On the Avenue No Hammerstein August 14, 2003, Blues

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Renaldo1941

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Aug 15, 2003, 6:37:42 PM8/15/03
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On the Avenue No Hammerstein August 14, 2003, Blues

The blues in the title are not my own -- I feel blessed and privileged to have
seen Bob Dylan three times in the last four days. No, the blues in the title
are the blues of someone like Barbara Moore, who was so looking forward to the
show, and who went through extremes to assure an enjoyable Dylan concert
experience. With nothing here to do except stare outside at Second Avenue, I
started taking notes.

It's 5:30 and there are hordes of people right outside, walking on both sides
of the street, cars swerving to try to avoid pedestrians, up and down second
avenue. I'm sweaty and disgusting, but at least I'm not out there.

It's 5:40 and some guy has his thumb up as cars pass on second. Good luck,
dude.

Editorial: Unfortunately, it seems Mayor Bloomberg of NYC just doesn't learn.
Sure, he received flak when he suggested that the public hitchhike and pick up
unknown hitchhikers in the event of a transit strike (which fortunately did not
happen) several months ago. I hope nobody gets hurt, but am I the ony one
cynical enough to believe that people will malevolently exploit such a
situation?

5:45 -- Two quite heavyset women have their thumbs up looking for a ride. One
car passes. And then another. And then a third. One lady says "someone will
stop." It's a sad scene because it's just not going to happen, and that's the
brutal truth. If these women were fit and the kind of women deemed
"attractive" by society, though, they would surely have little trouble finding
a ride.

6:15 -- Here's something you won't see every day, hell, it could be out of
Masked and Anonymous: a Lincoln going 30 miles an hour, the wrong way down a
one-way street.

It's 8:30 and dark outside. An ambulance has pulled up to the west side of
48th and 2d. It's impossible to tell what happened, but there are a man and a
woman talking to whomever has been placed in the ambulance. All I can say for
sure is that this person was thankfully not hit by a vehicle, because I could
not have failed to see that.

It's 9:40 and a car has broken down on the east side of 48th and 2d. Six
people have hopped out to, they hope, repair the vehicle. Oh, are they
vulnerable. You can hear the catcalls in the night, though they are of unknown
origin, which makes them even creepier. It's 9:57 and the car is off and
running, and at least six people are feeling a bit more relieved than they were
moments ago.

It's 10:20 and the streets are filled with less people -- a typical quantity at
this point, if this point were 5 p.m. I guess people are (wisely and finally)
reluctant to walk on the street in the pitch dark and have resigned themselves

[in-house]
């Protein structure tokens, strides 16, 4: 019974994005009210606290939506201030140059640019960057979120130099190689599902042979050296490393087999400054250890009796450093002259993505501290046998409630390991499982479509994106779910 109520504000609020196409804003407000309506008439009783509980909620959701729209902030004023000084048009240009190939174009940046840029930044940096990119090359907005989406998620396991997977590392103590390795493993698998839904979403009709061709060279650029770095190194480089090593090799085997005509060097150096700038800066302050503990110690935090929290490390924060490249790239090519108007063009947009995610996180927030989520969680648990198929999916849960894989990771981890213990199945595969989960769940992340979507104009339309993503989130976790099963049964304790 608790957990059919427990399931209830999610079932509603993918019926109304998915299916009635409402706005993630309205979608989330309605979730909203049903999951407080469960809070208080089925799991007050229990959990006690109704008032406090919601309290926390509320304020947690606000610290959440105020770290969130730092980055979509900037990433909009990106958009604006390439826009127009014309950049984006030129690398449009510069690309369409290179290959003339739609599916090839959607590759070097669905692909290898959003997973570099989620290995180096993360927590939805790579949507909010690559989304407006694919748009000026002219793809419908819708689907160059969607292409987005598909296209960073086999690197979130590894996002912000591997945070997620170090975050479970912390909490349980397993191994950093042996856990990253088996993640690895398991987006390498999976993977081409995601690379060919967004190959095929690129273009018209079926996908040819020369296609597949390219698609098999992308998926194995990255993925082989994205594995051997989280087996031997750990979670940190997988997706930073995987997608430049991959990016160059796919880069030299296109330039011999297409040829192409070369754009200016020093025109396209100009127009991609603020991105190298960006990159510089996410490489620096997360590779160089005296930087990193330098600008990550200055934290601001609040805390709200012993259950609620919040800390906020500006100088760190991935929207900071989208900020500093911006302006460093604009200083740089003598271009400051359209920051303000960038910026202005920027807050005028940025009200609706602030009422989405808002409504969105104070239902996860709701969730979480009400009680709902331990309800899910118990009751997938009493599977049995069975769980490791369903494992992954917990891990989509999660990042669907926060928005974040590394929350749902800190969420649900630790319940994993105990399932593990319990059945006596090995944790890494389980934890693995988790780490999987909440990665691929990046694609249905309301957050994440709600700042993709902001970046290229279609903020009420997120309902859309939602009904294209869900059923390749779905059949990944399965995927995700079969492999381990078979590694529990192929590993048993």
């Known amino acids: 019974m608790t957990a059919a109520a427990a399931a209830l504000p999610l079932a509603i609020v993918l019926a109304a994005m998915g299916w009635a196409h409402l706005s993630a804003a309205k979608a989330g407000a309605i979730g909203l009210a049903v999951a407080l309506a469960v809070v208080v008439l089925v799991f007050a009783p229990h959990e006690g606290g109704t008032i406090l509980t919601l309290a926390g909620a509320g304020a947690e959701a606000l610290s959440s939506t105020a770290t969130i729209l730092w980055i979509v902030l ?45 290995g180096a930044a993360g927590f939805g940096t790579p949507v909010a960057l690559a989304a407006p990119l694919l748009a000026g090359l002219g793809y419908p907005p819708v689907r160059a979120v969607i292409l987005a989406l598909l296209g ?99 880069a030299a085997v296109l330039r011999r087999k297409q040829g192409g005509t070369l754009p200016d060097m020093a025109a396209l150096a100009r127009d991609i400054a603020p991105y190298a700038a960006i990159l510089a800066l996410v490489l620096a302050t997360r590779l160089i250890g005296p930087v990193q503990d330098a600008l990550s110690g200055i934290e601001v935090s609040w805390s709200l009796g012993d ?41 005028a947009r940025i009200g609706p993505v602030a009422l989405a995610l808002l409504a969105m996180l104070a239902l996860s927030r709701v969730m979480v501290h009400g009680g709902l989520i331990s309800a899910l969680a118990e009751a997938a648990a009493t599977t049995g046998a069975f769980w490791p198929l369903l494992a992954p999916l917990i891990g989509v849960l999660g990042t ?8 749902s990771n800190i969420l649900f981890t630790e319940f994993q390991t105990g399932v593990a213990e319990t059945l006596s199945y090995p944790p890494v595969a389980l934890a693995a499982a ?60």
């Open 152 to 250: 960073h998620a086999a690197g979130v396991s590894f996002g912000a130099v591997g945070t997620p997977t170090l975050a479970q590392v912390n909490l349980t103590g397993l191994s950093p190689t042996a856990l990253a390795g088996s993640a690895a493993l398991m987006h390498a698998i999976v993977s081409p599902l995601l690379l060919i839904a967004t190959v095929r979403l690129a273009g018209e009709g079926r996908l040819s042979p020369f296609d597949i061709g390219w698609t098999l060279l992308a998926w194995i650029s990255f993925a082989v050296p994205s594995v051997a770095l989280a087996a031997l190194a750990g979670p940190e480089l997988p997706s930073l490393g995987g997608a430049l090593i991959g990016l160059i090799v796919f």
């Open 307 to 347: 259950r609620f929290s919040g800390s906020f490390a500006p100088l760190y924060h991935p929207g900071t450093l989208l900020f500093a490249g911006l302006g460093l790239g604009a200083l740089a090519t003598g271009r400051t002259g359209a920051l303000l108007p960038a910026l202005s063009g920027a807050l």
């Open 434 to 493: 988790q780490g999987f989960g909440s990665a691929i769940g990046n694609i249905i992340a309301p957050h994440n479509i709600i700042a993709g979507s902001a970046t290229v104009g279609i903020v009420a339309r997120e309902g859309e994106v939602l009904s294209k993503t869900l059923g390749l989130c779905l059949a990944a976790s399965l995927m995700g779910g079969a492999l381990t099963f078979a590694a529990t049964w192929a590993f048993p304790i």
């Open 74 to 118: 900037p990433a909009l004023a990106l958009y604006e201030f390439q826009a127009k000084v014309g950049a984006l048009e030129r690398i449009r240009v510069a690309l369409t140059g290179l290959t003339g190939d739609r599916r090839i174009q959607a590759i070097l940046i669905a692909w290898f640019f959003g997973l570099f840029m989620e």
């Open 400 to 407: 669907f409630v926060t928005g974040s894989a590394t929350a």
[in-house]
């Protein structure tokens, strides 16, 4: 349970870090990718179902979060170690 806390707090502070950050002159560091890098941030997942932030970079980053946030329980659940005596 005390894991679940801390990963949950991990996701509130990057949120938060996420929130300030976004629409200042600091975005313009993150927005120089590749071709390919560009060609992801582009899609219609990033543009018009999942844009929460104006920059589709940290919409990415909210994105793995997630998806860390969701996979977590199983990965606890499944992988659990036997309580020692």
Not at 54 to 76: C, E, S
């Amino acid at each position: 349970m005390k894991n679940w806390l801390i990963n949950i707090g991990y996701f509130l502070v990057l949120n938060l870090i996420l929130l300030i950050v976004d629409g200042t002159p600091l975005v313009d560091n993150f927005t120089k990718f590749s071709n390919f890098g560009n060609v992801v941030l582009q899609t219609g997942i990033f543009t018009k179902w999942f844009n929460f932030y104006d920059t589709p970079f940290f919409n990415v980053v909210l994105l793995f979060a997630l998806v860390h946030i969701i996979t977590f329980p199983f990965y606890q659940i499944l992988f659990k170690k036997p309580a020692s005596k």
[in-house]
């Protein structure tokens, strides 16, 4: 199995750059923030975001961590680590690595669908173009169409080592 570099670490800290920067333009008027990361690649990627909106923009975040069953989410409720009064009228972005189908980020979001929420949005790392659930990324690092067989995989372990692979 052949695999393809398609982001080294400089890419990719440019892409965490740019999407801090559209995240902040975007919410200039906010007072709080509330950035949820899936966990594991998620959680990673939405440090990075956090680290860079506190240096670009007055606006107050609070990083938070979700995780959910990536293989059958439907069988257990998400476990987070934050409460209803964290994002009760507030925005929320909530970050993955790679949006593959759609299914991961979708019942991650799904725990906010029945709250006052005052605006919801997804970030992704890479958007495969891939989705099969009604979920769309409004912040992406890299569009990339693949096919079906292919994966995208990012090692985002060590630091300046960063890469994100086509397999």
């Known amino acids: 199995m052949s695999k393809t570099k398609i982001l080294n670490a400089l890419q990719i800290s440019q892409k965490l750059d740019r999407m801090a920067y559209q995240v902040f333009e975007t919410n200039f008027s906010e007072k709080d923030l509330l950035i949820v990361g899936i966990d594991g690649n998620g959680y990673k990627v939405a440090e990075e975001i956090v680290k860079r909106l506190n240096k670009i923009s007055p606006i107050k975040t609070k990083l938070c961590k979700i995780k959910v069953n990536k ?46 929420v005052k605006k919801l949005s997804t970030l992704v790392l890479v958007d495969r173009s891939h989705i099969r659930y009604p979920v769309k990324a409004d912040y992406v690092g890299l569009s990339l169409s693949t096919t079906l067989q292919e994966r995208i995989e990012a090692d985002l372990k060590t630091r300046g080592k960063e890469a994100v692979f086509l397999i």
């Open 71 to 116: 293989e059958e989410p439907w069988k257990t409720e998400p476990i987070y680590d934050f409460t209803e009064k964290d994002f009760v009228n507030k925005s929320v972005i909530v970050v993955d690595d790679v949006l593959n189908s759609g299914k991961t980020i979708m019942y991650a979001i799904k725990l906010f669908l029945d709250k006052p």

to living as the other half lives, on the streets of NYC, for tonight. Walking
on the street at this hour seems like it might be akin to suicide by cop, only
it would be suicide by cabbie.

The yellow cab drivers are not the only wackos on the road, though -- there was
the woman who at 6:35 came racing onto second avenue, crossing wildly to the
east side, narrowly missing, oh, about eight people while honking as she
swerved to pulll into the one open parking spot. She lept from the car,
quickly opened and closed the trunk as if on a mission, opened and closed the
back door, reached into the driver's side to turn off the engine and grab her
keys, while another woman alighted the passenger side. Survival of the
fittest. I am Woman, hear me roar.

Things that didn't change but I sure wish would

--Motorcyclists traveling way too fast making way too much noise in a way too
futile effort to show how big their penises are.

--Tough guys hanging out on the street, looking for trouble. Things overheard
from one class-act's mouth: "Run, you fiucking skirt. . . . Yeah, just bring
it!" Pure class.

Bkindmoore

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Aug 15, 2003, 10:25:56 PM8/15/03
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<< Unfortunately, it seems Mayor Bloomberg of NYC just doesn't learn.
Sure, he received flak when he suggested that the public hitchhike and pick up
unknown hitchhikers in the event of a transit strike (which fortunately did not
happen) several months ago. I hope nobody gets hurt, but am I the ony one
cynical enough to believe that people will malevolently exploit such a
situation? >>

Enjoyed reading all your thoughts from a
window, Renaldo. I had similar feelings from
the streets about hitching. After a scary
evacuation from an E train, I walked 7 miles
home. (I had been on my way to Hammerstein
Ballroom to pick up my ticket for last night's
show.) Along my walk, I saw quite a few people disappear into cars with
vulture-looking drivers.
I can't help wondering what happened to these innocents. Tired as I was, and
trusting as I'd like
to be, you could not have dragged me into one of
those cars.

<< 6:15 -- Here's something you won't see every day, hell, it could be out of
Masked and Anonymous: a Lincoln going 30 miles an hour, the wrong way down a
one-way street. >>

Shades of "Someone says you're in the wrong
place, my friend..." Wonderful image!

<<Things that didn't change but I sure wish would >>

I'd like to read some more of these. Hope you
add on!

Fonyfirl

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Aug 16, 2003, 1:02:20 PM8/16/03
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<< With nothing here to do except stare outside at Second Avenue >>

Hey! You didn't happen to see two riders
approaching, did you?

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